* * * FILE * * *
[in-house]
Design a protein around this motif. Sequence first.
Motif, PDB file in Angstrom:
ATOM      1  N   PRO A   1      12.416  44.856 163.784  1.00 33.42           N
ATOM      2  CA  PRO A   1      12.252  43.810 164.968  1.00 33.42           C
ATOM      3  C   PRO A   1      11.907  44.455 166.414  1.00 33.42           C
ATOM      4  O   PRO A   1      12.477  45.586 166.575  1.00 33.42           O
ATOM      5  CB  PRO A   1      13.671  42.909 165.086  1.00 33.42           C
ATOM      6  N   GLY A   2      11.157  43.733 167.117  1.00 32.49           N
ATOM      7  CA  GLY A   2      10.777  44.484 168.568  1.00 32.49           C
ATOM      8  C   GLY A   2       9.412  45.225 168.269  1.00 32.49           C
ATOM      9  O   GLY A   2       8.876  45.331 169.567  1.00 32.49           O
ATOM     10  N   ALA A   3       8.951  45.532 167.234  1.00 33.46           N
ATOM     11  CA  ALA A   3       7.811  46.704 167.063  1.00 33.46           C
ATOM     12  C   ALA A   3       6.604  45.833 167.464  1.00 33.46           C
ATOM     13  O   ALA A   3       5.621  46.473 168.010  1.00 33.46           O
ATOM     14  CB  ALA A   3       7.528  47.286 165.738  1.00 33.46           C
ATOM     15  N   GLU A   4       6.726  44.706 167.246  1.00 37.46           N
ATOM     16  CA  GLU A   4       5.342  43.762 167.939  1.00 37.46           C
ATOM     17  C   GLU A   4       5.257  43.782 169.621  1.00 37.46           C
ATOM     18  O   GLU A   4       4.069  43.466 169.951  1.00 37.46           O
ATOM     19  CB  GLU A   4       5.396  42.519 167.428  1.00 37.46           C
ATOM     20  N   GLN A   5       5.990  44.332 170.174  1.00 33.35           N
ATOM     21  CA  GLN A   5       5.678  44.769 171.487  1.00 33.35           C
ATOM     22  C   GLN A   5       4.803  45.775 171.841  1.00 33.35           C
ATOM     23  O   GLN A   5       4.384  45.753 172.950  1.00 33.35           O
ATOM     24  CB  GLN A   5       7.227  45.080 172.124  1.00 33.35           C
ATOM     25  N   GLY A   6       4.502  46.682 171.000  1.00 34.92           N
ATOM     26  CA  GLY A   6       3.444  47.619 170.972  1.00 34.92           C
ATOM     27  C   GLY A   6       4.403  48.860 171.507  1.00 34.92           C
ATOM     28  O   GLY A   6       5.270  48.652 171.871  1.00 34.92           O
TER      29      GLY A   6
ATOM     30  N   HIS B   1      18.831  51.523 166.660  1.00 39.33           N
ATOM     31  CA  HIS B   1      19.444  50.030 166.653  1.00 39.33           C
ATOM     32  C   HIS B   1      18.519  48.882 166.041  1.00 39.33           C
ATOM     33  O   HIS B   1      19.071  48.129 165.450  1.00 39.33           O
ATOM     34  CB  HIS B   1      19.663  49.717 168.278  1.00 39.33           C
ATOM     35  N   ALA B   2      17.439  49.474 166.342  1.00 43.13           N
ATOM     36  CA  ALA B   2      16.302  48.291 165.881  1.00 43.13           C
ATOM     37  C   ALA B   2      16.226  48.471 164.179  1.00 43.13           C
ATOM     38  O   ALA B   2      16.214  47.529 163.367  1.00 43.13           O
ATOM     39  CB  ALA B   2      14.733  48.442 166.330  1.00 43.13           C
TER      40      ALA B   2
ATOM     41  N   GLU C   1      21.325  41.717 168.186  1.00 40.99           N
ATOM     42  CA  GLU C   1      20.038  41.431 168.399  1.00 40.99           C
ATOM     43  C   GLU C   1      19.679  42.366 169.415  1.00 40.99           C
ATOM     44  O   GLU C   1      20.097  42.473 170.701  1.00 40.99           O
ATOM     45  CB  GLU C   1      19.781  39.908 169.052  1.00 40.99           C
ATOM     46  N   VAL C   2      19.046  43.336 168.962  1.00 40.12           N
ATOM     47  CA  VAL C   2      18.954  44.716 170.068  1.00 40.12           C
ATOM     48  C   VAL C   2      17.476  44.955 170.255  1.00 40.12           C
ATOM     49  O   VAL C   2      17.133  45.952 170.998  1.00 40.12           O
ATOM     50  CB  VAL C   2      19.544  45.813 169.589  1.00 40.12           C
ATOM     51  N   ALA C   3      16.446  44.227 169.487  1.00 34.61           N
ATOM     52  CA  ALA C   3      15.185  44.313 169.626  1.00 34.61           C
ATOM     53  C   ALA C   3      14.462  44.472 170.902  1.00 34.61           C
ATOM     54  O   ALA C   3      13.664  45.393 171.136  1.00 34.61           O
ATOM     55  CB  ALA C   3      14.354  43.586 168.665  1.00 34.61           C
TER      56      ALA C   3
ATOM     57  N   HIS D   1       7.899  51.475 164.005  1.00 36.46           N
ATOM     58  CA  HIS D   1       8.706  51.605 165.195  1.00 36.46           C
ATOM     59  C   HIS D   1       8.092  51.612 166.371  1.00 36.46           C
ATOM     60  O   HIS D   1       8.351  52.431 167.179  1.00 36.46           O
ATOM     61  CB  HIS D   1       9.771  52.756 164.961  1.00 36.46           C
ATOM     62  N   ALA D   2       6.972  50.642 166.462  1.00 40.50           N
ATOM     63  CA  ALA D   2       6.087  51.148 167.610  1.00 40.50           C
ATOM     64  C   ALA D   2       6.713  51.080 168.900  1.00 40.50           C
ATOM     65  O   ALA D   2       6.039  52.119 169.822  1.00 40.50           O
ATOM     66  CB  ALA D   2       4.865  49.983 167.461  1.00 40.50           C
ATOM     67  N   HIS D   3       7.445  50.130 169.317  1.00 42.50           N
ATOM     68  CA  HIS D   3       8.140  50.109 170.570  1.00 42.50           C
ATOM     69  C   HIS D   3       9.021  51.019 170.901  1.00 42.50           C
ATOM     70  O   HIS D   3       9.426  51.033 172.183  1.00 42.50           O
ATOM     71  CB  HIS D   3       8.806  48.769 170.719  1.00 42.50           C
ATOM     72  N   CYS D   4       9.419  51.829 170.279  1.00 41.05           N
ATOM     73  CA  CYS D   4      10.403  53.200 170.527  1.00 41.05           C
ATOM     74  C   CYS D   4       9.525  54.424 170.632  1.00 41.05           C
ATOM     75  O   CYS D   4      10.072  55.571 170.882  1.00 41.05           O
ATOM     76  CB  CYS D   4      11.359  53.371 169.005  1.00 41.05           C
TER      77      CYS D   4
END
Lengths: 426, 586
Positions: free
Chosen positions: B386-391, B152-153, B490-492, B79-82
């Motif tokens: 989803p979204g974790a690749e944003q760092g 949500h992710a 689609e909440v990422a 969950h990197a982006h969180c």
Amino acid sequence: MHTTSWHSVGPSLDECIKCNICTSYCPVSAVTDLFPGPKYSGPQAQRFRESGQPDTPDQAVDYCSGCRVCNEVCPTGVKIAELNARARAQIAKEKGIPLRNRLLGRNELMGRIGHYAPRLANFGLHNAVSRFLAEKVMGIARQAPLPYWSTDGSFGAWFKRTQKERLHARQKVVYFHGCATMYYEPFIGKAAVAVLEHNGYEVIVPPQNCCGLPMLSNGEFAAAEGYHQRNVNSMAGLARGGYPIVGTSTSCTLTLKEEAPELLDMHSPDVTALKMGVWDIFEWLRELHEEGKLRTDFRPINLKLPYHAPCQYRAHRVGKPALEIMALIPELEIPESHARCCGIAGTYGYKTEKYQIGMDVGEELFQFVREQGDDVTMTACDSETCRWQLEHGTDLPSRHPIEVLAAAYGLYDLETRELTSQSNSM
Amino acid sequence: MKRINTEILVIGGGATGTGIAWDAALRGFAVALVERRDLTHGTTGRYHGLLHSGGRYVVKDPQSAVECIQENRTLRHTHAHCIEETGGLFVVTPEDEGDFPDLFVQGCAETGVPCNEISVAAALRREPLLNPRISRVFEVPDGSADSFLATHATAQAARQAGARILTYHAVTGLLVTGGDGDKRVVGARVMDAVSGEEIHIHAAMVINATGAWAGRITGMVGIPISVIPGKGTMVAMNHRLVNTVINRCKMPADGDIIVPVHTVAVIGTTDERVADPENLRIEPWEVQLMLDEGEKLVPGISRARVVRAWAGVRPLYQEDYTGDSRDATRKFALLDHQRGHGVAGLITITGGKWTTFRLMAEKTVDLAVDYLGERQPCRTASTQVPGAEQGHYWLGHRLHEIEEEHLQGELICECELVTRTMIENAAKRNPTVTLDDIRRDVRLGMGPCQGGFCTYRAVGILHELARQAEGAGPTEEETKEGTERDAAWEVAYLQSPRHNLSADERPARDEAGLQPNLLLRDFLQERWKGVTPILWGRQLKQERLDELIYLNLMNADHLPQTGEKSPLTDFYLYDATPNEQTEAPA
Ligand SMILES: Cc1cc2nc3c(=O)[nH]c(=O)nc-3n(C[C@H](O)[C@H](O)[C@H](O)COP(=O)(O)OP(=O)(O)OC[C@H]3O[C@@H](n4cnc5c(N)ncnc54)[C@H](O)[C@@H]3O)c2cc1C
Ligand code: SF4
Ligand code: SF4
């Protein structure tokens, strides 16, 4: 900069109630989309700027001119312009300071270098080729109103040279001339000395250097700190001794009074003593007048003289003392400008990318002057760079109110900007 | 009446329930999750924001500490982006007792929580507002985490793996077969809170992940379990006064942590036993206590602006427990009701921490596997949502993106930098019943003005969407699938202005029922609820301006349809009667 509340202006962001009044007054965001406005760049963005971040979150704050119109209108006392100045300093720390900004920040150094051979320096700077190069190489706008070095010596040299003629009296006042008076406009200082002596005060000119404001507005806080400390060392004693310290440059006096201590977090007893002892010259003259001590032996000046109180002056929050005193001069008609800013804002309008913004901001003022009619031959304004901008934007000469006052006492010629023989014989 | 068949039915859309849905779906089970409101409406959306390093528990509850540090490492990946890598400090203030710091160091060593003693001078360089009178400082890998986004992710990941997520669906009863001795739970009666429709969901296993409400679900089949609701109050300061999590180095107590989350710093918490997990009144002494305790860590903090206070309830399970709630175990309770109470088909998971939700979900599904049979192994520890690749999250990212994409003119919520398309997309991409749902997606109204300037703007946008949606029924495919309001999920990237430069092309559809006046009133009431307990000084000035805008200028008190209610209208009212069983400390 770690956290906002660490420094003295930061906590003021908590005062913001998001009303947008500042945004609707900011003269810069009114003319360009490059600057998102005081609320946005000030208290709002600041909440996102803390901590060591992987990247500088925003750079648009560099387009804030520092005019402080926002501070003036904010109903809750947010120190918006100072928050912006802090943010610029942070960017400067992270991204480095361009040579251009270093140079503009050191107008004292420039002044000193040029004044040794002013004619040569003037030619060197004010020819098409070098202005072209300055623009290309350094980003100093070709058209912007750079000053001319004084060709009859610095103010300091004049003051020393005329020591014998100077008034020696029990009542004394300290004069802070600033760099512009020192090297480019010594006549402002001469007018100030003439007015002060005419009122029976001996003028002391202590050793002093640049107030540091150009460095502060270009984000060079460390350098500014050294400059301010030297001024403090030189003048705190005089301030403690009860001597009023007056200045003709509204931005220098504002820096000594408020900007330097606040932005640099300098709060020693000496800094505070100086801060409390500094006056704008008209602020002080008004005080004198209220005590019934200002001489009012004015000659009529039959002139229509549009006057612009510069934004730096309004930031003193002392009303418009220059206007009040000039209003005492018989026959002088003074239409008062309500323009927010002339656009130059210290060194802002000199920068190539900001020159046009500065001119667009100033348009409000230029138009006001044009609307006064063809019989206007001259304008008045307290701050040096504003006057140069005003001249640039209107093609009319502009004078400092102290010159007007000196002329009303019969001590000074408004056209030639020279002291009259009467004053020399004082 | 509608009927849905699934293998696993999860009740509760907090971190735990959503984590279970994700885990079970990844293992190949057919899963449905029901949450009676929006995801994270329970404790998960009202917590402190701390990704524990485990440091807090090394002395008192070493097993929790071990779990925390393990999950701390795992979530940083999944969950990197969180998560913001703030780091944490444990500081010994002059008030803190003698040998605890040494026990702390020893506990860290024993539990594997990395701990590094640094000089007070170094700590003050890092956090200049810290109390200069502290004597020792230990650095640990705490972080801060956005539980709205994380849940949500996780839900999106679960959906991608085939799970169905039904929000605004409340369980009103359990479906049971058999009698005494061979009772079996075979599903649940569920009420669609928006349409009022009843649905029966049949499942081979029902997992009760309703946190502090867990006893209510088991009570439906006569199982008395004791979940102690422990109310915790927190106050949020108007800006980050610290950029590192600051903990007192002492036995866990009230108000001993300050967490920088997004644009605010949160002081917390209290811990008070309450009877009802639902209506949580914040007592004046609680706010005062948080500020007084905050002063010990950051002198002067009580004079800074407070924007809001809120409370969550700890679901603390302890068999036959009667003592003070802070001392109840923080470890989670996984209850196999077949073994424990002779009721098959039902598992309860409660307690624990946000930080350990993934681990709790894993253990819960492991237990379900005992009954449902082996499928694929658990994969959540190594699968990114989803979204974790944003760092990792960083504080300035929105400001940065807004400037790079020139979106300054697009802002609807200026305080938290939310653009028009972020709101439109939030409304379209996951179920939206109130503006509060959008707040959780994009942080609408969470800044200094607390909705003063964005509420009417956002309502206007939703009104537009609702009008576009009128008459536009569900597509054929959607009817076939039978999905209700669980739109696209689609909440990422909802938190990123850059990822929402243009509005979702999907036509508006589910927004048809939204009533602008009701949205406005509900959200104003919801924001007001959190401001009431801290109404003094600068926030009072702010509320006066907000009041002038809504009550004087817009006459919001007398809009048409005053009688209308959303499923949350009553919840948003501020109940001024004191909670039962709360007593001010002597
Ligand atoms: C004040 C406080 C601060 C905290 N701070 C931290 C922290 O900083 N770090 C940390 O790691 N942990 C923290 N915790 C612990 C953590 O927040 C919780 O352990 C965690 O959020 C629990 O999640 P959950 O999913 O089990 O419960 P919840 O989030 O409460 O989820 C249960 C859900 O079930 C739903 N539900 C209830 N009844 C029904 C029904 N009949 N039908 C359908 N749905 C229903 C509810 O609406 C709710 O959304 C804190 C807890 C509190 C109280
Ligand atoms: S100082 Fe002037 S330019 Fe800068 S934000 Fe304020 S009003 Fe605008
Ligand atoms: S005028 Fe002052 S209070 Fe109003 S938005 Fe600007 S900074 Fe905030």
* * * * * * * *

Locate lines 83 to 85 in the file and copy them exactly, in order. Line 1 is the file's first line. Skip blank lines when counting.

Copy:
Positions: free
Chosen positions: B386-391, B152-153, B490-492, B79-82
């Motif tokens: 989803p979204g974790a690749e944003q760092g 949500h992710a 689609e909440v990422a 969950h990197a982006h969180c």